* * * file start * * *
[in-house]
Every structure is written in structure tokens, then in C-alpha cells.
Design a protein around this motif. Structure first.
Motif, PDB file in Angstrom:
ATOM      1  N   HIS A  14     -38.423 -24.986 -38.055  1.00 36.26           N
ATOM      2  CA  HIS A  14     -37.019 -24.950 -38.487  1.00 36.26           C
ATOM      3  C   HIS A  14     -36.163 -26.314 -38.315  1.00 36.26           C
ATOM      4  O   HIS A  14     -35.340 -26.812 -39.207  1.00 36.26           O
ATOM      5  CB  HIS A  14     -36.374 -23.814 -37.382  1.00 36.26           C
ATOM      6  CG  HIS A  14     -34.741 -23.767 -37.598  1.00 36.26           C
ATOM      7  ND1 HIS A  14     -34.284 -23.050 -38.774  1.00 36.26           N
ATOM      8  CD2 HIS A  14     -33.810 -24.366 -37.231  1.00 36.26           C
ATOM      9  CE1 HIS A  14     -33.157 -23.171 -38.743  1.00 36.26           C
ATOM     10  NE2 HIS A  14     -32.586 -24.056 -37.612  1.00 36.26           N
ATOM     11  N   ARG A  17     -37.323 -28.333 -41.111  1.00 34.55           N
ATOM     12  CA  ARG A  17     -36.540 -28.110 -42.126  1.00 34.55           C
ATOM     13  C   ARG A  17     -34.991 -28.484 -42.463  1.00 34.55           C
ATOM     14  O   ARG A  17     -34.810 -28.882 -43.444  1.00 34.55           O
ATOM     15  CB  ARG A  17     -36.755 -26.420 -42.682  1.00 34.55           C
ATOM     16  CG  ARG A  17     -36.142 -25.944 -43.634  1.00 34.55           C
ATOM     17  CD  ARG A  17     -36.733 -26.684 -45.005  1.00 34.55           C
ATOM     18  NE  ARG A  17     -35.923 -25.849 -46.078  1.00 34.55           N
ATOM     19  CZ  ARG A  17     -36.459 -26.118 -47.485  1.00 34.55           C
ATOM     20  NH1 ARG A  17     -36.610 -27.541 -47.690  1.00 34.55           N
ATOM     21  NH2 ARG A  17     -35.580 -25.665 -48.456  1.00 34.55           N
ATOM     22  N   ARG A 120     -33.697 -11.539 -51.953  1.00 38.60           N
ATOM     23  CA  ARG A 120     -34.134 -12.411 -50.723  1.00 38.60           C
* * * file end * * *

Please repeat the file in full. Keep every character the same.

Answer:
[in-house]
Every structure is written in structure tokens, then in C-alpha cells.
Design a protein around this motif. Structure first.
Motif, PDB file in Angstrom:
ATOM      1  N   HIS A  14     -38.423 -24.986 -38.055  1.00 36.26           N
ATOM      2  CA  HIS A  14     -37.019 -24.950 -38.487  1.00 36.26           C
ATOM      3  C   HIS A  14     -36.163 -26.314 -38.315  1.00 36.26           C
ATOM      4  O   HIS A  14     -35.340 -26.812 -39.207  1.00 36.26           O
ATOM      5  CB  HIS A  14     -36.374 -23.814 -37.382  1.00 36.26           C
ATOM      6  CG  HIS A  14     -34.741 -23.767 -37.598  1.00 36.26           C
ATOM      7  ND1 HIS A  14     -34.284 -23.050 -38.774  1.00 36.26           N
ATOM      8  CD2 HIS A  14     -33.810 -24.366 -37.231  1.00 36.26           C
ATOM      9  CE1 HIS A  14     -33.157 -23.171 -38.743  1.00 36.26           C
ATOM     10  NE2 HIS A  14     -32.586 -24.056 -37.612  1.00 36.26           N
ATOM     11  N   ARG A  17     -37.323 -28.333 -41.111  1.00 34.55           N
ATOM     12  CA  ARG A  17     -36.540 -28.110 -42.126  1.00 34.55           C
ATOM     13  C   ARG A  17     -34.991 -28.484 -42.463  1.00 34.55           C
ATOM     14  O   ARG A  17     -34.810 -28.882 -43.444  1.00 34.55           O
ATOM     15  CB  ARG A  17     -36.755 -26.420 -42.682  1.00 34.55           C
ATOM     16  CG  ARG A  17     -36.142 -25.944 -43.634  1.00 34.55           C
ATOM     17  CD  ARG A  17     -36.733 -26.684 -45.005  1.00 34.55           C
ATOM     18  NE  ARG A  17     -35.923 -25.849 -46.078  1.00 34.55           N
ATOM     19  CZ  ARG A  17     -36.459 -26.118 -47.485  1.00 34.55           C
ATOM     20  NH1 ARG A  17     -36.610 -27.541 -47.690  1.00 34.55           N
ATOM     21  NH2 ARG A  17     -35.580 -25.665 -48.456  1.00 34.55           N
ATOM     22  N   ARG A 120     -33.697 -11.539 -51.953  1.00 38.60           N
ATOM     23  CA  ARG A 120     -34.134 -12.411 -50.723  1.00 38.60           C